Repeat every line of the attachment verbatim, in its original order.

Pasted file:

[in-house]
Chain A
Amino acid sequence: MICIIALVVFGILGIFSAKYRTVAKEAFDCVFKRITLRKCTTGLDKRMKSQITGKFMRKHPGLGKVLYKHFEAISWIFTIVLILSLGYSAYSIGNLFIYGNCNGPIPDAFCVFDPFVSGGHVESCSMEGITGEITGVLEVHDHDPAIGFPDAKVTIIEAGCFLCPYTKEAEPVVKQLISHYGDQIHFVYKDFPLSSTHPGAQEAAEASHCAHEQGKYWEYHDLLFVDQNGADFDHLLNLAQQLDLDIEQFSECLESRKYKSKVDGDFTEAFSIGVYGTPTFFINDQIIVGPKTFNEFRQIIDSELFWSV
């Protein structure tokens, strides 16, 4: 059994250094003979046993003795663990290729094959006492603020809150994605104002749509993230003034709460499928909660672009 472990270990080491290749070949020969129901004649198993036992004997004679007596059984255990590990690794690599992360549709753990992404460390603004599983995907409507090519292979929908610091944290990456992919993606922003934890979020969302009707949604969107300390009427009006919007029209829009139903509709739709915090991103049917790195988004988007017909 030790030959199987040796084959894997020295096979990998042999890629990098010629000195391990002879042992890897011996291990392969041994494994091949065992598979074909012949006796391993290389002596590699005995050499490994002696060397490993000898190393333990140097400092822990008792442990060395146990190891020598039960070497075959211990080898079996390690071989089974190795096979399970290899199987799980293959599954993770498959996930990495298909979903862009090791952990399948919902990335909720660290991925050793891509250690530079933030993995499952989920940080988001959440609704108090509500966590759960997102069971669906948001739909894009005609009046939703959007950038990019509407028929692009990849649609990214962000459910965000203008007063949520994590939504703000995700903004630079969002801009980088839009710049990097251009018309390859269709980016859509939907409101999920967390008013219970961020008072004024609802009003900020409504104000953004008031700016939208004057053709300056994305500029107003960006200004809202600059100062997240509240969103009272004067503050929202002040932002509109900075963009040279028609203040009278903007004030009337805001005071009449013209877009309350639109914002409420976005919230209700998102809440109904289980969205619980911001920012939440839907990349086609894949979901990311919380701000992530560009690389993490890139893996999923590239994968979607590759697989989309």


[in-house]
Chain A
Amino acid sequence: MICIIALVVFGILGIFSAKYRTVAKEAFDCVFKRITLRKCTTGLDKRMKSQITGKFMRKHPGLGKVLYKHFEAISWIFTIVLILSLGYSAYSIGNLFIYGNCNGPIPDAFCVFDPFVSGGHVESCSMEGITGEITGVLEVHDHDPAIGFPDAKVTIIEAGCFLCPYTKEAEPVVKQLISHYGDQIHFVYKDFPLSSTHPGAQEAAEASHCAHEQGKYWEYHDLLFVDQNGADFDHLLNLAQQLDLDIEQFSECLESRKYKSKVDGDFTEAFSIGVYGTPTFFINDQIIVGPKTFNEFRQIIDSELFWSV
């Protein structure tokens, strides 16, 4: 059994250094003979046993003795663990290729094959006492603020809150994605104002749509993230003034709460499928909660672009 472990270990080491290749070949020969129901004649198993036992004997004679007596059984255990590990690794690599992360549709753990992404460390603004599983995907409507090519292979929908610091944290990456992919993606922003934890979020969302009707949604969107300390009427009006919007029209829009139903509709739709915090991103049917790195988004988007017909 030790030959199987040796084959894997020295096979990998042999890629990098010629000195391990002879042992890897011996291990392969041994494994091949065992598979074909012949006796391993290389002596590699005995050499490994002696060397490993000898190393333990140097400092822990008792442990060395146990190891020598039960070497075959211990080898079996390690071989089974190795096979399970290899199987799980293959599954993770498959996930990495298909979903862009090791952990399948919902990335909720660290991925050793891509250690530079933030993995499952989920940080988001959440609704108090509500966590759960997102069971669906948001739909894009005609009046939703959007950038990019509407028929692009990849649609990214962000459910965000203008007063949520994590939504703000995700903004630079969002801009980088839009710049990097251009018309390859269709980016859509939907409101999920967390008013219970961020008072004024609802009003900020409504104000953004008031700016939208004057053709300056994305500029107003960006200004809202600059100062997240509240969103009272004067503050929202002040932002509109900075963009040279028609203040009278903007004030009337805001005071009449013209877009309350639109914002409420976005919230209700998102809440109904289980969205619980911001920012939440839907990349086609894949979901990311919380701000992530560009690389993490890139893996999923590239994968979607590759697989989309």